There is no such thing as a construction project without waste – and it’s the job of project managers to establish a plan to deal with the produced waste in the most effective and environmentally-friendly manner possible. That’s where site waste management plans can help. In this article, we’ll cover exactly what these plans consist of, why you could benefit from one, and how to create one for your project.
A site waste management plan (SWMP) is created to enable managers on construction projects to plan and strategise how any waste from the site will be managed or disposed of. They must be produced at the start of the project, and monitored throughout the project.
SWMPs may cover:
Site waste management plans used to be compulsory by law for builds worth over £300,000, under the Site Waste Management Plans Regulations (2008), but their compulsory nature was repealed in 2013.
Despite this, it is highly recommended for all project managers to produce this planning document – this is for a number of reasons:
Saves you money: Creating a plan of how you will manage waste and resources is bound to save you money, as you will be able to efficiently control the storage and use of all resources and produced waste. This will also allow you to devise new ways of cutting costs.
Protects the environment: Waste is a problem for the planet, and it’s now more important than ever to reduce waste, recycle where possible and reduce the risk your waste poses to the local, and wider, environment.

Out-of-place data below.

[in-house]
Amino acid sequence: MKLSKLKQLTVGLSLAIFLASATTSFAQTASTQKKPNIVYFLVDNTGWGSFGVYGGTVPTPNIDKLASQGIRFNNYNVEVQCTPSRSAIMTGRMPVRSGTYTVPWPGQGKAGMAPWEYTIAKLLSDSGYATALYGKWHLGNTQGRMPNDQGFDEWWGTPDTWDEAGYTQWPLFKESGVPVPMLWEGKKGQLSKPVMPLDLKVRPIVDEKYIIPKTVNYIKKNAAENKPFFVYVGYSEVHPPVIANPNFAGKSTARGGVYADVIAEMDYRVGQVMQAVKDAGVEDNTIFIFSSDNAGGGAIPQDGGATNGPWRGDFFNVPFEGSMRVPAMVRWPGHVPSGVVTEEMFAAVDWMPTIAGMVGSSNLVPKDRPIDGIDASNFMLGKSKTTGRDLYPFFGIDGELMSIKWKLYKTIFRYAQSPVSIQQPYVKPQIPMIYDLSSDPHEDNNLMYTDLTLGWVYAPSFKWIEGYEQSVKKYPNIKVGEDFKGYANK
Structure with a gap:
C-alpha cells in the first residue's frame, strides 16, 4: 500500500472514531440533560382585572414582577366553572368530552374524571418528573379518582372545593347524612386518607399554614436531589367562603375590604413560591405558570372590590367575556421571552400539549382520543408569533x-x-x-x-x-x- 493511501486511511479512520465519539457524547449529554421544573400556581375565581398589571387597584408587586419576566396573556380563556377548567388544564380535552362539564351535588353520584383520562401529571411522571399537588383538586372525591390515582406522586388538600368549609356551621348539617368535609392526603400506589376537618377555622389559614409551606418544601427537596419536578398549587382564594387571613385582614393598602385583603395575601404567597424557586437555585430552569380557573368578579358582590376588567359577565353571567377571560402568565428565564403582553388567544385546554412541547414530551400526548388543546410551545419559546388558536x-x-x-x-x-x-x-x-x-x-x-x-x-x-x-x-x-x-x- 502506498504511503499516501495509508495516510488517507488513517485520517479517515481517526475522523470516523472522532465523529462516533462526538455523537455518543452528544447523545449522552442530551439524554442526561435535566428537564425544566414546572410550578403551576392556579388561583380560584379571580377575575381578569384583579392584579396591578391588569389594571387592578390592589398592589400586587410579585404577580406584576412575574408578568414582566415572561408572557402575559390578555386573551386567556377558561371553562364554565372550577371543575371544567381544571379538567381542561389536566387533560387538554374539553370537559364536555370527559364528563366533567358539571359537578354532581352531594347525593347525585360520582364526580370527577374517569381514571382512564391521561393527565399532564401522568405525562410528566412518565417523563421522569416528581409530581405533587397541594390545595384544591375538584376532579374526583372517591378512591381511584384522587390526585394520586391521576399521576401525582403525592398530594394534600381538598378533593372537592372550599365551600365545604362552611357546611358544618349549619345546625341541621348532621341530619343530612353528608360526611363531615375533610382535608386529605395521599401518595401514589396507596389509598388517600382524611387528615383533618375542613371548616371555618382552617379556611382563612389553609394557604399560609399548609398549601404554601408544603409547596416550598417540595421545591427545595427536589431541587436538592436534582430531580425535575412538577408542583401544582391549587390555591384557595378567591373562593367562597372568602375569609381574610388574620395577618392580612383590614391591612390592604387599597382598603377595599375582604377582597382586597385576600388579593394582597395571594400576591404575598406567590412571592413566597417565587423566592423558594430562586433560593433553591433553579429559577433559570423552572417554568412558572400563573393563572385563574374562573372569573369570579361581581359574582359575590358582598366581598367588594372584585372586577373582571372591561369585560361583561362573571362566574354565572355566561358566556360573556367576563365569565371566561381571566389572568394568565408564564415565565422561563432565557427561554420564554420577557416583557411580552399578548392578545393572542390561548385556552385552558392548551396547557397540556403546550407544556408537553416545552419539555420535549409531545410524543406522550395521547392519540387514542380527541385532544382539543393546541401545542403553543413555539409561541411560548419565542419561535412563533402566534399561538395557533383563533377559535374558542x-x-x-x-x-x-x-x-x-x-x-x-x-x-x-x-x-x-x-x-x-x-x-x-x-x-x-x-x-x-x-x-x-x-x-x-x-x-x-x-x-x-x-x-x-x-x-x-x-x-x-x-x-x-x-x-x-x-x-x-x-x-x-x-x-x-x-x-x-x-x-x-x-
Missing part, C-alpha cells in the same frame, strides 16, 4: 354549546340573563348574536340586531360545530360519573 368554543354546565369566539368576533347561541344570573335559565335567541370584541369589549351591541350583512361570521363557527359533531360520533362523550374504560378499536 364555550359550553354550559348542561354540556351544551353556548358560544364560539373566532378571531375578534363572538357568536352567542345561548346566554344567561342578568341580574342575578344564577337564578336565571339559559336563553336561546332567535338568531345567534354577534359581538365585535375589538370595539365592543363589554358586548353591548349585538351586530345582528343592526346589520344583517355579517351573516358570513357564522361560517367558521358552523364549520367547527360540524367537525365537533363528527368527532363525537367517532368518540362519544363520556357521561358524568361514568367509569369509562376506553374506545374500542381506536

Strengthens your reputation and business prospects: Companies who value the environment are often held in high regard, and therefore implementing a SWMP will boost your profile and enhance your reputation, helping you secure more tenders in the future.
Whoever is managing the project, usually the construction project manager or principal contractor, will be responsible for creating a site waste management plan. When it was law, they were only required for projects where the cost will be more than £300,000, with even further detail required for projects over £500,000. As these plans are no longer compulsory, it is the decision of the project manager to assess whether a SWMP would be beneficial.
A site waste management plan should be created during the earliest stages of construction design, and updated throughout the duration of the project.
The SMWP should be written and maintained by one responsible person, namely a principal contractor or construction manager, who will be in charge of this document and the way in which employees adhere to it. The document should cover details of the waste, including the type, volume, how it will be measured, how it will be disposed, and who will be responsible for disposing of it.
Here at Brown Recycling, we understand the ins and outs of waste management. If you’re seeking reliable waste management services or skip hire for your construction project, whatever the size of project, look no further than our experienced team. Get in touch today to discover more.